In my article, bad behavior in assays was classified as Type 1 ( assay result gives an incorrect indication of the extent to which the compound affects the function of the target) or Type 2 (compounds affect target function by an undesirable mechanism of action). I used these rather bland labels because I didn't want to become ensnared in a Dien Bien Phu of nomenclature and it must be stressed that there is absolutely no suggestion that other people use these labels. My own preference would actually be to only use the term interference for Type 1 bad behavior and it's worth remembering that Type 1 bad behavior can also lead to false negatives.
The distinction between Type 1 and and Type 2 behaviors is an important and useful one to make from the perspective of drug discovery scientists who are making decisions as to which screening hits to take forward. Type 1 behavior is undesirable because it means that you can't believe the screening result for hits but, provided that you can find an assay (e.g. label-free measurement of affinity) that is not interfered with, Type 1 behavior is a manageable, although irksome, problem. Running a second assay that uses an orthogonal readout may shed light on whether Type 1 behavior is an issue although, in some cases, it may be possible to assess, and even correct for, interference without running the orthogonal second assay. Type 2 behavior is a much more serious problem and a compound that exhibits Type 2 behavior needs to be put out of its misery as swiftly and mercifully as possible. The challenge presented by Type 2 behavior is that you need to establish the mechanism of action simply to determine whether or not it is desirable. Running a second assay with an orthogonal readout is unlikely to provide useful information since the effect on target function is real.
Barbed wire at Strongpoint Béatrice. I'm guessing that it was not far from here that, on the night of 13th/14th March, 1954, Captain Riès would have made the final transmission: "It's all over - the Viets are here. Fire on my position. Out."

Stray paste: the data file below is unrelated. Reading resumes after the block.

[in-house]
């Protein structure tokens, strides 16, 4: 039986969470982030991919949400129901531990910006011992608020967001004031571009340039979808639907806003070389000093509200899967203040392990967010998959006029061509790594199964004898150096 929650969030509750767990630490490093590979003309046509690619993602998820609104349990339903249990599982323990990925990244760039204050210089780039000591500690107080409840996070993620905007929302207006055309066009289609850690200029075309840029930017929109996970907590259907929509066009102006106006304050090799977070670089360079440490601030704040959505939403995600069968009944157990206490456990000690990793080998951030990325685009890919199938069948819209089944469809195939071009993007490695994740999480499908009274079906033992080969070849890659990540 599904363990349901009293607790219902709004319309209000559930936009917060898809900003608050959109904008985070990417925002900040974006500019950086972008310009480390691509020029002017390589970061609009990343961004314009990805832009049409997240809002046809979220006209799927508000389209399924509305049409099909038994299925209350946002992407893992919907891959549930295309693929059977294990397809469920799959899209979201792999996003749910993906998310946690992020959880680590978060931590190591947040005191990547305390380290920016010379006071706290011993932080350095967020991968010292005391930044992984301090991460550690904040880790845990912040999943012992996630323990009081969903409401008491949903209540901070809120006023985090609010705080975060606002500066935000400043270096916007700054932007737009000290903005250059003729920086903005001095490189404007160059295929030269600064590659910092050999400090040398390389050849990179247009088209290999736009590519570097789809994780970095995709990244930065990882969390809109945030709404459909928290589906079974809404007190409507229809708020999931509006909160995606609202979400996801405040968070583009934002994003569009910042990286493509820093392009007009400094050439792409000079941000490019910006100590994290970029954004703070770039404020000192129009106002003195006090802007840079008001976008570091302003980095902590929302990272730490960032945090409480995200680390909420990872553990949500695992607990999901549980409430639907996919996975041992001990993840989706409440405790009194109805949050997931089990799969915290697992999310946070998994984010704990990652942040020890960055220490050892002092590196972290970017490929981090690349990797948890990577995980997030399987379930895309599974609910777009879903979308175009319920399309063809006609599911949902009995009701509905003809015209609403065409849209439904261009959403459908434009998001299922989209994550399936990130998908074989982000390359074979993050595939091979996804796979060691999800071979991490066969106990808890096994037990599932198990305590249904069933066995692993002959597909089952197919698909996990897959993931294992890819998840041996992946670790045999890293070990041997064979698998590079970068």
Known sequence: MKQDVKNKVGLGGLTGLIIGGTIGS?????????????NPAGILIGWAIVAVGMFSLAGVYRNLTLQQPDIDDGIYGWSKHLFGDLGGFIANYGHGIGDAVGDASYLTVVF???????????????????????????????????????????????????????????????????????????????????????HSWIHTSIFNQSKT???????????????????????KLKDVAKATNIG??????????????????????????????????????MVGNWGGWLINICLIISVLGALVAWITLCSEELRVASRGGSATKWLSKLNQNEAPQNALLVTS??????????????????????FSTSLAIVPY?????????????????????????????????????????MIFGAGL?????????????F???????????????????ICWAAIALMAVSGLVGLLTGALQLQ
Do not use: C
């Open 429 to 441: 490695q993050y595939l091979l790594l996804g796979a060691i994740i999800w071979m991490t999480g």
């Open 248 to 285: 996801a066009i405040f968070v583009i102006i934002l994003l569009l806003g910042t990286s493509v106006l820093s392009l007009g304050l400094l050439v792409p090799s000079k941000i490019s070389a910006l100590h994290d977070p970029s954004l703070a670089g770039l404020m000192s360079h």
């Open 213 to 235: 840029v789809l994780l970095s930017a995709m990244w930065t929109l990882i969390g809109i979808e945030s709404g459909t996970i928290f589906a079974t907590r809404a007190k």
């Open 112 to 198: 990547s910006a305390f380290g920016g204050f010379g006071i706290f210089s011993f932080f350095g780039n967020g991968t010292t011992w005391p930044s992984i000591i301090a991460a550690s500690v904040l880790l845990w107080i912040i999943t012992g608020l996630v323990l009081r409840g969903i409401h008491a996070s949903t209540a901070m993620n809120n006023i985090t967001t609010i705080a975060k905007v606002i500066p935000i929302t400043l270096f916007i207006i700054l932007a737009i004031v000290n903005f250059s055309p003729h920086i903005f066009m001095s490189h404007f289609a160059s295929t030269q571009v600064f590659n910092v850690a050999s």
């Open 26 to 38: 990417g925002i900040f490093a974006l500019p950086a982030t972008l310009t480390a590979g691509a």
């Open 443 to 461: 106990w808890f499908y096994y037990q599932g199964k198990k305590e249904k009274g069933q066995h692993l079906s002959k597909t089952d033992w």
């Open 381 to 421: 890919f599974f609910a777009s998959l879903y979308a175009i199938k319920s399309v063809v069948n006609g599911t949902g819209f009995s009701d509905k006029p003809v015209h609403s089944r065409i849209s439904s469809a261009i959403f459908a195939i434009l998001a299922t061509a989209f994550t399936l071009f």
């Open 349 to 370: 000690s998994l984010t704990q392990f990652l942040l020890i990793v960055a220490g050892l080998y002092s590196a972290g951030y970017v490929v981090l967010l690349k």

Most (all?) of the PAINSology before SYI failed to make any distinction between Type 1 and Type 2 bad behavior. SYI states "There does not seem to be an industry-accepted nomenclature or ontology of anomalous binding behavior" and makes some suggestions as to how this state of affairs might be rectified. SYI recommends that "Actives" be first classified as "target modulators" or "readout modulators". The "target modulators" are all considered to be "true positives" and these are further classified as "true hits" or "false hits". All the "readout modulators" are labelled as "false positives". Unsurprisingly, the authors recommend that all the "false hits" and "false positives" be labelled as pan-assay interference compounds regardless of whether the compounds in question actually exhibit pan-assay interference. In general, I would advise against drawing a distinction between the terms "hit" and "positive" in the context of screening but, if you chose to do so, then you do really do need to define the terms much more precisely than the authors have done.
I think the term "readout modulator" is reasonable and is equivalent to my definition of Type 1 behavior (assay result gives an incorrect indication of the extent to which the compound affects the function of the target). However, I strongly disagree with the classification of compounds showing "non-specific interaction with target leading to active readout" as readout modulators since I'd regard any interaction with the target that affects its function to be modulation. My understanding is that the effects of colloidal aggregators on protein function are real (although not exploitable) and that it is often possible to observe reproducible concentration responses. My advice to the authors is that, if you're going to appropriate colloidal aggregators as PAINS, then you might at least put them in the right category.
While the term "target modulator" is also reasonable, it might not be a such great idea to use it in connection with assay interference since it's also quite a good description of a drug. Consider the possibility of homeopaths and anti-vaxxers denouncing the pharmaceutical industry for poisoning people with target modulators. However, I disagree with the use of the term "false hit" since the modulation of the target is real even when the mechanism of action is not exploitable. There is also a danger of confusing the "false hits" with the "false positives" and SYI is not exactly clear about the distinction between a "hit" and a "positive". In screening both terms tend to be used to specify results for which the readout exceeds a threshold value.